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Forget the 'warm blob' -- opposite 'cool blob' taking up roost in Pacific Ocean

Chart showing sea surface temperature anomaly in the planet's oceans as of May 18, 2017. (Photo: NOAA/NESDIS via Mark Albright)

It was the darling of the extended record warm stretch of weather we had in 2015 -- a pool of warm waters that had formed off our coast in the Pacific Ocean, given the nickname "The Blob" by our state climatologist.

The warm blob is long gone -- you might have noticed it wasn't like 55 degrees every day in winter. But now it appears we have the opposite effect going, albeit it in much weaker form.

Measurements of sea surface temperatures off our coast in the Northeastern Pacific Ocean are now showing cooler than normal temperatures. (I don't want to call it an "anti-blob" since it's still technically a blob. Maybe we name it "Henry"? It seems giving regular names to natural events is all the rage this year...)

The warm blob was thought to have formed by a lack of storminess in the Gulf of Alaska during the autumn of 2014 and that stagnant water didn't allow cooler water from the deeper parts of the ocean to mix to the top. Generally persistent high pressure for months kept seas calm.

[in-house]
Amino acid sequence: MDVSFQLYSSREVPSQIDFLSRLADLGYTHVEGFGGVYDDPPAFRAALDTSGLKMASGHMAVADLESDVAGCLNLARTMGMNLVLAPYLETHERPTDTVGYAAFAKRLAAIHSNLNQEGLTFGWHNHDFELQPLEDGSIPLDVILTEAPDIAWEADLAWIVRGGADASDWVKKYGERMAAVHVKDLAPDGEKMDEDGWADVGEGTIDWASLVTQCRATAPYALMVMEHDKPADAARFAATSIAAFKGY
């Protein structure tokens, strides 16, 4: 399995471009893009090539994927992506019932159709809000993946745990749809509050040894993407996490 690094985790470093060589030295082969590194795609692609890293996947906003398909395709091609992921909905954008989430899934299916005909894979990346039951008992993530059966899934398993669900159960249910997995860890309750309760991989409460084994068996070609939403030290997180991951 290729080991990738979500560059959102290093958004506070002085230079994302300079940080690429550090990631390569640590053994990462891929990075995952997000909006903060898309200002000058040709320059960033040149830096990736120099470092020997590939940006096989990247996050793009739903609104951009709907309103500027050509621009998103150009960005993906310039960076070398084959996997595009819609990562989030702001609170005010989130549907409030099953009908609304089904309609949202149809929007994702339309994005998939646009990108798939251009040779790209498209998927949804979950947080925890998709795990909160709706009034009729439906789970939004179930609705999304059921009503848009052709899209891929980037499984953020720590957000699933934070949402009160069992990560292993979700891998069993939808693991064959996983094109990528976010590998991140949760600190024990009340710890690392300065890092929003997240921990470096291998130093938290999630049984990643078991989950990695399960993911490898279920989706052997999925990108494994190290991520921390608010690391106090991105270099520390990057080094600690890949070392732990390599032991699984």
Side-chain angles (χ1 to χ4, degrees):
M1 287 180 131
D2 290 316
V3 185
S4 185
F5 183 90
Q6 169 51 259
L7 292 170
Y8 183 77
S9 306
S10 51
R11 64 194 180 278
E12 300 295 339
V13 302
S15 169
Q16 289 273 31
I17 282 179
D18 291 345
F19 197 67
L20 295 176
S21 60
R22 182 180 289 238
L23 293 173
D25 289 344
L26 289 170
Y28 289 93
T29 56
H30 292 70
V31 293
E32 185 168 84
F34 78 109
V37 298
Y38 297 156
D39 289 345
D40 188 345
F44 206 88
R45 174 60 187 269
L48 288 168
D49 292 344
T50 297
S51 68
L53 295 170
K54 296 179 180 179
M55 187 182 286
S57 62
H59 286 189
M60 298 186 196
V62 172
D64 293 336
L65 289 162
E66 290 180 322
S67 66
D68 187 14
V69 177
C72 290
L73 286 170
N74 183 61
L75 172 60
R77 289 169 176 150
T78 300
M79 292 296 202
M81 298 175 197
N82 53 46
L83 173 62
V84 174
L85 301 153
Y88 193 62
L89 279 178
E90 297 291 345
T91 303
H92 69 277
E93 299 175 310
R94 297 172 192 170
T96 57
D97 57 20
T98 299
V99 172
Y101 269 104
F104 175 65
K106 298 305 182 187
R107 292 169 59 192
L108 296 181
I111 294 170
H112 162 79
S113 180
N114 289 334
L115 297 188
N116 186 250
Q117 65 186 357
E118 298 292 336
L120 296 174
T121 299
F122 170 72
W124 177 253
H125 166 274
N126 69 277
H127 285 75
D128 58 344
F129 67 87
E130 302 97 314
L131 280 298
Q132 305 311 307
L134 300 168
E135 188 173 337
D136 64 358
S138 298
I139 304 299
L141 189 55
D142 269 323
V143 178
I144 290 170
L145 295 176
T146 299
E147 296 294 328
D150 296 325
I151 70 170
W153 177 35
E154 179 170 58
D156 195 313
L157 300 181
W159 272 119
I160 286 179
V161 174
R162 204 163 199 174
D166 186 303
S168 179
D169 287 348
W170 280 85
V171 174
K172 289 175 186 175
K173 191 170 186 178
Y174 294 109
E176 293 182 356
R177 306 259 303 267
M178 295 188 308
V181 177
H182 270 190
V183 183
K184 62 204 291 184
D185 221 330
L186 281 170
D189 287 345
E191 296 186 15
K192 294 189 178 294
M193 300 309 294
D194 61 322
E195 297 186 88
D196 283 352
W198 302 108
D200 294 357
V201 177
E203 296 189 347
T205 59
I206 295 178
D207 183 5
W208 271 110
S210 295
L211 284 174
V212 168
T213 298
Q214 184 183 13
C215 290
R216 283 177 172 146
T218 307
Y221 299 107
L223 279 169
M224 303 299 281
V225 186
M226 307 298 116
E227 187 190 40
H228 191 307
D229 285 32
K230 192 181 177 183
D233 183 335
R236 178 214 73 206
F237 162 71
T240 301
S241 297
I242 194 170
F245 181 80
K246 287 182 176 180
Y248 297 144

This year's "Henry" was likely caused by a few factors.

"The cold anomalies off the coast of the Pacific Northwest are certainly due to the atmospheric forcing over the last 6-8 months -- and in particular related to the rather impressive winter and spring that we enjoyed around here," said UW's Nick Bond, who also serves as our state climatologist.

Researcher Nate Mantua with NOAA’s Southwest Fisheries Science Center notes that the northeastern Pacific was under a persistent north wind for much of the fall and winter (and early spring.)

"That big patch of anomalously strong winds from the north are likely the primary agent of the cooling that’s taken place," he said.

Both add that the wind anomalies from the north in that region are consistent with La Nina, which was around for last fall and winter.

Not only do those north winds bring in colder air from near Alaska, helping refrigerate the water a bit, it pushes the ocean waters south, drawing in colder water from near Alaska as well. Plus, the churning of the waters from the stormy weather also had a part in the cooling process.

"It is safe to say that the large-scale weather patterns that brought us cooler and wetter conditions also cooled off the ocean," Bond said. "In turn, the cooler ocean did stack the deck in a small way towards cooler temperatures. "

How much? The cool blob is just a couple degrees cooler than normal and Bond estimates it maybe roughly had about one degree of cooling influence in our winter and spring average temperatures -- not a lot, but perhaps a little noticeable.

On the other hand, warm blob had temps about 5-7 degrees above normal, helping provide a virtual "electric blanket" of heating to our weather, not to mention moderating temperatures of incoming weather systems that traversed the "Blob."

Bond did note that we can't blame the soggy weather on the cool blob though.

"There is little observational or theoretical evidence that the ocean temperatures off our coast have much if any impact on precipitation in the Pacific NW," Bond said.

Sun fans probably just have to blame their bad luck is was a La Nina winter on that one...

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